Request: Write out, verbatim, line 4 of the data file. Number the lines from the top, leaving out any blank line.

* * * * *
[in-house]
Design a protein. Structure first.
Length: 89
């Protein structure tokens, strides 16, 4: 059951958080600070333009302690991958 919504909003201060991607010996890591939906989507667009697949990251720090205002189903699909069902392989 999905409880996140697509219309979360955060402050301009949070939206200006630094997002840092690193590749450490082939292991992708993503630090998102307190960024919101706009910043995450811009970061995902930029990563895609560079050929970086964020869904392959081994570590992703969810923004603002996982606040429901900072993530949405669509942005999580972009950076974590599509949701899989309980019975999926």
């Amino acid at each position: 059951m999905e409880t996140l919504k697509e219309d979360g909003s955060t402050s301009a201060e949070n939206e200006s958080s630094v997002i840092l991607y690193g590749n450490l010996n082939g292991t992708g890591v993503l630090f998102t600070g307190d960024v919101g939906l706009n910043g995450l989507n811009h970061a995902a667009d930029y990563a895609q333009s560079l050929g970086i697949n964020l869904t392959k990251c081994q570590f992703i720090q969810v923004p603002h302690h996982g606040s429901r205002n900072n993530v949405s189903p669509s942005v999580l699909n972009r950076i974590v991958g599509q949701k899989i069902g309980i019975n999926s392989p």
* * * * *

């Protein structure tokens, strides 16, 4: 059951958080600070333009302690991958 919504909003201060991607010996890591939906989507667009697949990251720090205002189903699909069902392989 999905409880996140697509219309979360955060402050301009949070939206200006630094997002840092690193590749450490082939292991992708993503630090998102307190960024919101706009910043995450811009970061995902930029990563895609560079050929970086964020869904392959081994570590992703969810923004603002996982606040429901900072993530949405669509942005999580972009950076974590599509949701899989309980019975999926």